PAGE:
Author: Ernils Larsson, Uppsala University
When the leaders of G7 countries descend on Japan later this week, Prime Minister Shinzo Abe has taken the opportunity to invite them to visit Ise Shrine as well. Although there were many reasons for the choice of Ise-Shima as location for the summit, it is impossible to ignore the underlying sentiments of religious nationalism.
Ise Shrine is the spiritual centre of the Association of Shinto Shrines (AoSS). AoSS is an umbrella organisation for a large majority of Shinto shrines across Japan, established in 1946 to protect Japan’s shrines after they lost the support of the state.
The association has also grown to be an influential actor on the political stage. The political wing of AoSS, the Shinto Association of Spiritual Leadership, boasts the support of a number of cabinet ministers, including Abe. It has carried out extensive lobbying on issues such as the mandatory singing of the Japanese national anthem in public schools and the public display of the national flag.
AoSS also retains informal but intimate ties with the Japan Conference (Nippon Kaigi), which includes the high priest of Ise Shrine amongst its members. While Japan Conference focuses on a broader range of political issues than AoSS, both organisations share the same brand of post-war ‘Imperial Shinto’, placing the Emperor at the centre of the Japanese nation.
Despite a history going back at least 1400 years, Ise Shrine’s role as a centre for national Shinto is a product of Japanese modernity, closely related to the development of so-called ‘State Shinto’ under the Meiji Restoration in the late 19th century. But whereas the Yasukuni Shrine in Tokyo is the target of domestic and international criticism due to the enshrinement of war criminals, Ise Shrine is perceived as far less controversial. This seems to be one of the reasons behind Abe’s decision to frequent Ise Shrine and, with the exception of one visit in December 2013, refrain from visiting Yasukuni.
Besides visiting the Shrine for his hatsumōde (first shrine visit of the year) every January, a practice that has been common for prime ministers since the 1960s, Abe and eight of his cabinet ministers were also present during the enshrinement rites following the rebuilding of the shrine in 2013. This made Abe the first prime minister to do so in the post-war era.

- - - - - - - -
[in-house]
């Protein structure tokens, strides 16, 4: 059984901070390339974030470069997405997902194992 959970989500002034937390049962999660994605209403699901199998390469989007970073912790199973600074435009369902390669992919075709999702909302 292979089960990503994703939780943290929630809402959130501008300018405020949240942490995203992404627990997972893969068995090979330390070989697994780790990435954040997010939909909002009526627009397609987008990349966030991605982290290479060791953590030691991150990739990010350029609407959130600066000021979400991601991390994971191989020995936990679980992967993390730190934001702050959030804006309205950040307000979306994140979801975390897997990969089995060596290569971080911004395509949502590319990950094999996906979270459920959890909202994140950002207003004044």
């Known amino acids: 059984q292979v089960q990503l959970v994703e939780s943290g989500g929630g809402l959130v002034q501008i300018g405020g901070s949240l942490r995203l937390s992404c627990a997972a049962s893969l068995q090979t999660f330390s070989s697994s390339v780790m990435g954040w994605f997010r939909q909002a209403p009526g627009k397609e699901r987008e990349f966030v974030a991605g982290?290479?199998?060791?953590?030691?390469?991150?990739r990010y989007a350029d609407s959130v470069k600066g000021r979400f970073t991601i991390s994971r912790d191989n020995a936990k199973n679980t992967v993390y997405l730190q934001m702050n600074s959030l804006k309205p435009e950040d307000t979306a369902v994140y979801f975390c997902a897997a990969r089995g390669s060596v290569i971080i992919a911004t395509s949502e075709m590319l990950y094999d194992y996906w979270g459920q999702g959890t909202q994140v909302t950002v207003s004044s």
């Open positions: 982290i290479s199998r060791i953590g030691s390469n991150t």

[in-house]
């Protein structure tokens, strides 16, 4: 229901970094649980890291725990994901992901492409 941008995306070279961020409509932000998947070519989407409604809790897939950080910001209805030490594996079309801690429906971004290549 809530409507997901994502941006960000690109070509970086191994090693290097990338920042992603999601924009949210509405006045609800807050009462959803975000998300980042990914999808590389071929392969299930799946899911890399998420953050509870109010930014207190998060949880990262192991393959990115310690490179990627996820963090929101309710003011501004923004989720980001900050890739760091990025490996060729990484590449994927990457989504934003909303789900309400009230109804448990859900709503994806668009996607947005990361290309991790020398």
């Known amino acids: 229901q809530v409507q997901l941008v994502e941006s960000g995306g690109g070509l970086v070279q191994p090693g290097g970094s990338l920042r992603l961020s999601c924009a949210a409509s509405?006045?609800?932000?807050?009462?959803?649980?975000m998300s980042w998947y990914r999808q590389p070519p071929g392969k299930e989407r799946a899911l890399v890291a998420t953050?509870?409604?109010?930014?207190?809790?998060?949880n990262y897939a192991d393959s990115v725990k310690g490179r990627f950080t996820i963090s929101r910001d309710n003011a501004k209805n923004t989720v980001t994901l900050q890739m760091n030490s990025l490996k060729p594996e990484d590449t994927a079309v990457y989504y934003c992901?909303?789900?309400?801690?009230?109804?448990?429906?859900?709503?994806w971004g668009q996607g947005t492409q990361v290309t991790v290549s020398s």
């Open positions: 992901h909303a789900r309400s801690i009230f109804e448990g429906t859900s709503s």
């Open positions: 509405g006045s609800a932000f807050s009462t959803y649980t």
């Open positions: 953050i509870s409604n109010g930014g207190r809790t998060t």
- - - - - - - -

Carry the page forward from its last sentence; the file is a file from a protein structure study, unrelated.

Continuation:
In one sense, the symbolic value of Abe’s promotion of Ise Shrine is similar to his predecessor Junichiro Koizumi’s frequent visits to Yasukuni Shrine: visits to these shrines cater to the sentiments of the same supporters on the nationalist right.
In present-day Japan, Shinto continues to play a central role in the politics of the nation. Many of the people visiting shrines for hatsumōde in January this year were surprised to find petitions for constitutional reform. These petitions were part of the campaign Kenpō 1000 initiated by the Japan Conference subgroup Citizens’ Association for the Creation of a Constitution for Beautiful Japan. The campaign, which seeks to garner public support for the Abe-led Liberal Democratic Party (LDP) initiative to revise the constitution later this year, is run with the official support of the AoSS.
Since 2013, Abe has worked hard to initiate constitutional reform. The draft constitution that Abe is promoting is the same as that published by the LDP in 2012. As such, it contains changes to the constitution that could undermine the foundations of post-war Japanese democracy.
The draft has also been written specifically to accommodate renewed ties between the state and the Shinto establishment.
Articles 20 and 89 of Japan’s post-war constitution provide for a strict separation of religion and state, in effect prohibiting the state and its organs from sponsoring religious organisations. The Japanese Supreme Court’s landmark ruling in the 1997 Ehime case put Shinto on equal terms with other religions. Where justices in earlier post-war cases had often considered Shinto rites to be something other than religion, the Ehime case made it harder for political actors to visit shrines in their official capacity.
In the 2012 LDP draft, Articles 20 and 89 have been subtly altered to accommodate state involvement in Shinto rites that were generally allowed prior to the Ehime ruling. The state is no longer allowed to interact with religion, but those things that are not religious — such as ‘social courtesy’ or ‘manners and customs’ — are still exempt. Under the pre-1997 paradigm, this would include groundbreaking ceremonies, rites in front of chūkonhi (monuments to the souls of soldiers killed in battle), and the enshrinement of Self-Defense Force officers at Yasukuni Shrine — precisely the sort of activities in which AoSS would likely be involved.
Abe will visit Ise Shrine together with the leaders of the G7 nations on the first morning of the summit. By doing so, he will be playing into the hands of forces in Japan that seek to encourage closer ties between the Shinto establishment and the state. A visit to Ise Shrine can be seen as a quiet form of sponsorship of the AoSS, an organisation currently working hard to assist the LDP in their quest for a complete overhaul of the post-war constitution.
Ernils Larsson is a PhD candidate in the History of Religions at the Faculty of Theology, Uppsala University.